For me, a jaded music enthusiast, the pre-Britpop area of the early 90s was a fertile period for UK indiepop. The laddish chugrock of Oasis and the grating mockney chirruping of Blur seemed to kill off all my favourite contemporary bands by 1995. A few survived, like Teenage Fanclub, but do you remember The Dylans, Mega City Four, BMX Bandits, Carter USM, Moose, Ride, Lush, Kingmaker, Bleach, Kitchens of Distinction, Curve, Salad, Denim, The Autuers, Midway Still, The Cranes? Good stuff… especially The Dylans – I modelled myself on the hippy-nerd look of Colin Gregory aged 14, when I still had a mop of curly hair. Did they ever reform? I never saw them live as I was still on the young-side for proper gigs.
Anyway, I’m digressing into indiepop nostalgia, back to the shoot: The plan was to take some shorts of Secret Shine band members around a dining room table, relaxing and playing board games. The band wanted to do something a bit different to the typical ‘glum band members gazing into the camera shot’ and were looking for warmer, earthy tones.
The dining room area was quite small with white walls. Small spaces and white walls can be a problem as you always get a lot of natural fill, where flash light bounces around the space and it’s therefore more difficult to get dramatic, directional lighting. Still, we did okay, and by increasing contrast in post-production it’d be possible to up the impact of the image. White walls are better than, say, bright red walls, as then there is colour cast issues to think about. Flash lighting is daylight balanced, so some warming filters applied in Photoshop post-production would also work.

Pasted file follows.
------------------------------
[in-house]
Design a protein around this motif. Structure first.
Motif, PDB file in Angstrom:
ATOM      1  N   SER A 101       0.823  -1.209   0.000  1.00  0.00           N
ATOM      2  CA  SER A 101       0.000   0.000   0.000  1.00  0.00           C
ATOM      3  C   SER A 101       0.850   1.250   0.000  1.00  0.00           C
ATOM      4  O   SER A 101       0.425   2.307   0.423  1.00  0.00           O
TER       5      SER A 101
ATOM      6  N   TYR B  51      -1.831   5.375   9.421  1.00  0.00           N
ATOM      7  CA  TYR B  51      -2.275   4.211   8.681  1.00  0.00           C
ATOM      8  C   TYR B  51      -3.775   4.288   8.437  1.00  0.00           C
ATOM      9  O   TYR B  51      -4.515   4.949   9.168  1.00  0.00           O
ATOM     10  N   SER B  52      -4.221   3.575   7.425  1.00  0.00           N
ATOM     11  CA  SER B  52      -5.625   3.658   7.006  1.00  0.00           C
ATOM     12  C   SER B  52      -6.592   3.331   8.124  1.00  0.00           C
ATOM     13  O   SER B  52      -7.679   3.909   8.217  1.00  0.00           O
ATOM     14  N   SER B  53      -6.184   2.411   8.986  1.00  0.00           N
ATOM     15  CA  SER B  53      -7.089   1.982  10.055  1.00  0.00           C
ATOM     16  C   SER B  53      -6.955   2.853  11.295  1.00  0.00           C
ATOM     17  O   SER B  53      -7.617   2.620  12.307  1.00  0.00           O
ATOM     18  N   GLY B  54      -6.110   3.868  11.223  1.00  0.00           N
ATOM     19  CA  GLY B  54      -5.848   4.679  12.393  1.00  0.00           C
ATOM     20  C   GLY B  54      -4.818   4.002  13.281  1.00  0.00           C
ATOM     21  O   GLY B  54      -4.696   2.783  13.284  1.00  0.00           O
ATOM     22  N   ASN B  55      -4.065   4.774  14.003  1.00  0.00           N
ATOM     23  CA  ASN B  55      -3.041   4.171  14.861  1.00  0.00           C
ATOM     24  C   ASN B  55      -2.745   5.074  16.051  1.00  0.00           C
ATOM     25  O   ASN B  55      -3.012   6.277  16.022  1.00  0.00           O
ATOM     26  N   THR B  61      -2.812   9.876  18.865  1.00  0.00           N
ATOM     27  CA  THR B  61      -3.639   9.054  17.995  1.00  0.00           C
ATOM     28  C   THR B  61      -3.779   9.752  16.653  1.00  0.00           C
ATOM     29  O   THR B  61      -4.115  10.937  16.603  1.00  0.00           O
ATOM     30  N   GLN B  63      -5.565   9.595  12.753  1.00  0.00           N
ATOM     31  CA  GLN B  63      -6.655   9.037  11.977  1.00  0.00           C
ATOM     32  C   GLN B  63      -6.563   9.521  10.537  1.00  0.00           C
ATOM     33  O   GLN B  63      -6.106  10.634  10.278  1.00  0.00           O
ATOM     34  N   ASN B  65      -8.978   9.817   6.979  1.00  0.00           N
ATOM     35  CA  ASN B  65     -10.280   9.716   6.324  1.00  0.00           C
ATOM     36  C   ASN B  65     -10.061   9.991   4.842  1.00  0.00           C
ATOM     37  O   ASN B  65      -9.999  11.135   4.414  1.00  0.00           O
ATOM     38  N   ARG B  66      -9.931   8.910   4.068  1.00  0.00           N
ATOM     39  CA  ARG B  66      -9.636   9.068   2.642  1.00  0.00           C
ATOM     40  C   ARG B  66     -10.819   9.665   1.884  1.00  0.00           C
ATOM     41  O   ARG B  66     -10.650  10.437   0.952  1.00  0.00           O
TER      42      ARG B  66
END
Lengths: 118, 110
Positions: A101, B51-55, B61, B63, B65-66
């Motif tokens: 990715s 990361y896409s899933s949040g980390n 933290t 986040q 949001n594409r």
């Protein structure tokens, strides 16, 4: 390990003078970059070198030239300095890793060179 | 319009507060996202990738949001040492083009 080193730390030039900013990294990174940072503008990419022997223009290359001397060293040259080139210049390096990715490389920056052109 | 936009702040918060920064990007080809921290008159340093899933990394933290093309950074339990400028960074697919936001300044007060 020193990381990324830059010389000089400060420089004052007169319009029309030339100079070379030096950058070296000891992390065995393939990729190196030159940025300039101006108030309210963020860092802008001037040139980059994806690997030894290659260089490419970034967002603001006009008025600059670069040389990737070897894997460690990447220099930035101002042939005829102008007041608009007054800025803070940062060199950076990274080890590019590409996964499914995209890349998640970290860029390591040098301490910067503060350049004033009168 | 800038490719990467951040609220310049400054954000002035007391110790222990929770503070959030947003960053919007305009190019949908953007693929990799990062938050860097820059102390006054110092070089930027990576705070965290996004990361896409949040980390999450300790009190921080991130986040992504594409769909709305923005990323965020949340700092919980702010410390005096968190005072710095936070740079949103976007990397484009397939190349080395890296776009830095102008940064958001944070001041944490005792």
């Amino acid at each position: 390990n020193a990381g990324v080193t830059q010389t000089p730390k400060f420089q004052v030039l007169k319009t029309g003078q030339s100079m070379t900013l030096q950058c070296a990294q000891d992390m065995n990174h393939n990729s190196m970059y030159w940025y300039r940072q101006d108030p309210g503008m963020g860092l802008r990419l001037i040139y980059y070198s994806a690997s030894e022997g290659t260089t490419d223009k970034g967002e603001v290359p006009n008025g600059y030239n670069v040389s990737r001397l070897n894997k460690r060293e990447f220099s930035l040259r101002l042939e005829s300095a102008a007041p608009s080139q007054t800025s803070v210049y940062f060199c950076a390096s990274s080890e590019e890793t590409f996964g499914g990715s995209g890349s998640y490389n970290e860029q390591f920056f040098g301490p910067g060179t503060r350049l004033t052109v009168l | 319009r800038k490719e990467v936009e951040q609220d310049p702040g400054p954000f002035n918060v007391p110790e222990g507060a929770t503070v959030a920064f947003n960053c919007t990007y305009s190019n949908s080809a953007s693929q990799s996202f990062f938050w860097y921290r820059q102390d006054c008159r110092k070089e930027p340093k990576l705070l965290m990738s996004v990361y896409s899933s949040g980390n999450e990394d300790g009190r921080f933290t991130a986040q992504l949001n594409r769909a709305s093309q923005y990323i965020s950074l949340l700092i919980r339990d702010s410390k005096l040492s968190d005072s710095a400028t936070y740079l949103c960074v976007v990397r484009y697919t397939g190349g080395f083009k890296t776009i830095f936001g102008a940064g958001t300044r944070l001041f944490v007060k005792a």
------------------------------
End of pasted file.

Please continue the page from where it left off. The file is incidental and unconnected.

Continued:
Another issue when utilising a small domestic space is that you are usually highly restricted in your choice of focal lengths. I decided to make a virtue of this by going with wide angles and working with it, first using the 24mm end of my Canon 24-70mm f/2.8 zoom lens and then taking things into even more extreme territory with my Canon 17-40 f/4.0 lens. It was a good opportunity to try out some wide angle techniques. Without such restrictions, I tend to like the look and feel of quite standard focal lengths like 50mm or 85mm – perhaps that’s a habit born of using a Hasselblad with just a couple of prime lenses.